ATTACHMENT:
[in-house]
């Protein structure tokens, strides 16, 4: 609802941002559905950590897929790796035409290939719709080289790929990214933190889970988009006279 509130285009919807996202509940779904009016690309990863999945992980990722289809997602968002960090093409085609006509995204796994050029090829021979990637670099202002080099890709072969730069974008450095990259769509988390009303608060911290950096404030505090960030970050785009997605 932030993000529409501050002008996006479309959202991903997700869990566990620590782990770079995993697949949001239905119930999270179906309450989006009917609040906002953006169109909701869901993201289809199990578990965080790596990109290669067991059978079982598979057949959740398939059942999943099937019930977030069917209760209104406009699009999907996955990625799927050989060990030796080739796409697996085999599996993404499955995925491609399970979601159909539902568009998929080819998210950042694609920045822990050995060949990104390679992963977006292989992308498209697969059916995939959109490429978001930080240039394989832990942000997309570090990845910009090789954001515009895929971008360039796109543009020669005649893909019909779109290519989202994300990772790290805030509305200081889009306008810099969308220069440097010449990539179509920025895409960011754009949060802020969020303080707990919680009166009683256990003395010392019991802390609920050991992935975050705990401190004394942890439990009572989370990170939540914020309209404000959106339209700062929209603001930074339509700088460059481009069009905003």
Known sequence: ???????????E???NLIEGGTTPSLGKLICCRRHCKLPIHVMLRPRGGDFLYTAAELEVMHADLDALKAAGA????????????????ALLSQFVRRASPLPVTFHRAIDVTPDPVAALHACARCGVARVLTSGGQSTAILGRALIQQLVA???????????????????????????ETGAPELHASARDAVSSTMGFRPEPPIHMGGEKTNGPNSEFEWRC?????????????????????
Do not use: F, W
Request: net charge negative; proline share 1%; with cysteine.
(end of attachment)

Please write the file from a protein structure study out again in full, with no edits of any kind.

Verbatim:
[in-house]
């Protein structure tokens, strides 16, 4: 609802941002559905950590897929790796035409290939719709080289790929990214933190889970988009006279 509130285009919807996202509940779904009016690309990863999945992980990722289809997602968002960090093409085609006509995204796994050029090829021979990637670099202002080099890709072969730069974008450095990259769509988390009303608060911290950096404030505090960030970050785009997605 932030993000529409501050002008996006479309959202991903997700869990566990620590782990770079995993697949949001239905119930999270179906309450989006009917609040906002953006169109909701869901993201289809199990578990965080790596990109290669067991059978079982598979057949959740398939059942999943099937019930977030069917209760209104406009699009999907996955990625799927050989060990030796080739796409697996085999599996993404499955995925491609399970979601159909539902568009998929080819998210950042694609920045822990050995060949990104390679992963977006292989992308498209697969059916995939959109490429978001930080240039394989832990942000997309570090990845910009090789954001515009895929971008360039796109543009020669005649893909019909779109290519989202994300990772790290805030509305200081889009306008810099969308220069440097010449990539179509920025895409960011754009949060802020969020303080707990919680009166009683256990003395010392019991802390609920050991992935975050705990401190004394942890439990009572989370990170939540914020309209404000959106339209700062929209603001930074339509700088460059481009069009905003």
Known sequence: ???????????E???NLIEGGTTPSLGKLICCRRHCKLPIHVMLRPRGGDFLYTAAELEVMHADLDALKAAGA????????????????ALLSQFVRRASPLPVTFHRAIDVTPDPVAALHACARCGVARVLTSGGQSTAILGRALIQQLVA???????????????????????????ETGAPELHASARDAVSSTMGFRPEPPIHMGGEKTNGPNSEFEWRC?????????????????????
Do not use: F, W
Request: net charge negative; proline share 1%; with cysteine.